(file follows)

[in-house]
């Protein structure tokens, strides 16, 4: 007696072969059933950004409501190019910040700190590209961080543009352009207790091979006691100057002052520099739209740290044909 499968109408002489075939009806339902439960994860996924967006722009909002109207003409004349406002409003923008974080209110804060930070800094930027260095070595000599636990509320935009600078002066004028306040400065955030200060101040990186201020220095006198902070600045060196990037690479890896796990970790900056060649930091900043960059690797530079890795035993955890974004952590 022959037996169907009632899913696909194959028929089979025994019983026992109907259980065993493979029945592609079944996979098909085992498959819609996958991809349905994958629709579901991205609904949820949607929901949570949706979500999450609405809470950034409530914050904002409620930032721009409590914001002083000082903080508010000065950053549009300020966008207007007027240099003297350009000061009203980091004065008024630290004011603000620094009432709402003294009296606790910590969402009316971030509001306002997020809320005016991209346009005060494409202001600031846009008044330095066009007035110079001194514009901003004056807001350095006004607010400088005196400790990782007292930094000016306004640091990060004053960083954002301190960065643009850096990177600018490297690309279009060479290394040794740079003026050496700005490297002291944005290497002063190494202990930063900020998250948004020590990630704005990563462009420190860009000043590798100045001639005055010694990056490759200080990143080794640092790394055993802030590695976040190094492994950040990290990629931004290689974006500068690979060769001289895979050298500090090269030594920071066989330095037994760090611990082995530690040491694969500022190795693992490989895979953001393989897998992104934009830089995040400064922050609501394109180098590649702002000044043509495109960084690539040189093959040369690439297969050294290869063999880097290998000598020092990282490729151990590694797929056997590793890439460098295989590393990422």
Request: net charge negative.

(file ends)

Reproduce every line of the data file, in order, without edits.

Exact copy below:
[in-house]
């Protein structure tokens, strides 16, 4: 007696072969059933950004409501190019910040700190590209961080543009352009207790091979006691100057002052520099739209740290044909 499968109408002489075939009806339902439960994860996924967006722009909002109207003409004349406002409003923008974080209110804060930070800094930027260095070595000599636990509320935009600078002066004028306040400065955030200060101040990186201020220095006198902070600045060196990037690479890896796990970790900056060649930091900043960059690797530079890795035993955890974004952590 022959037996169907009632899913696909194959028929089979025994019983026992109907259980065993493979029945592609079944996979098909085992498959819609996958991809349905994958629709579901991205609904949820949607929901949570949706979500999450609405809470950034409530914050904002409620930032721009409590914001002083000082903080508010000065950053549009300020966008207007007027240099003297350009000061009203980091004065008024630290004011603000620094009432709402003294009296606790910590969402009316971030509001306002997020809320005016991209346009005060494409202001600031846009008044330095066009007035110079001194514009901003004056807001350095006004607010400088005196400790990782007292930094000016306004640091990060004053960083954002301190960065643009850096990177600018490297690309279009060479290394040794740079003026050496700005490297002291944005290497002063190494202990930063900020998250948004020590990630704005990563462009420190860009000043590798100045001639005055010694990056490759200080990143080794640092790394055993802030590695976040190094492994950040990290990629931004290689974006500068690979060769001289895979050298500090090269030594920071066989330095037994760090611990082995530690040491694969500022190795693992490989895979953001393989897998992104934009830089995040400064922050609501394109180098590649702002000044043509495109960084690539040189093959040369690439297969050294290869063999880097290998000598020092990282490729151990590694797929056997590793890439460098295989590393990422």
Request: net charge negative.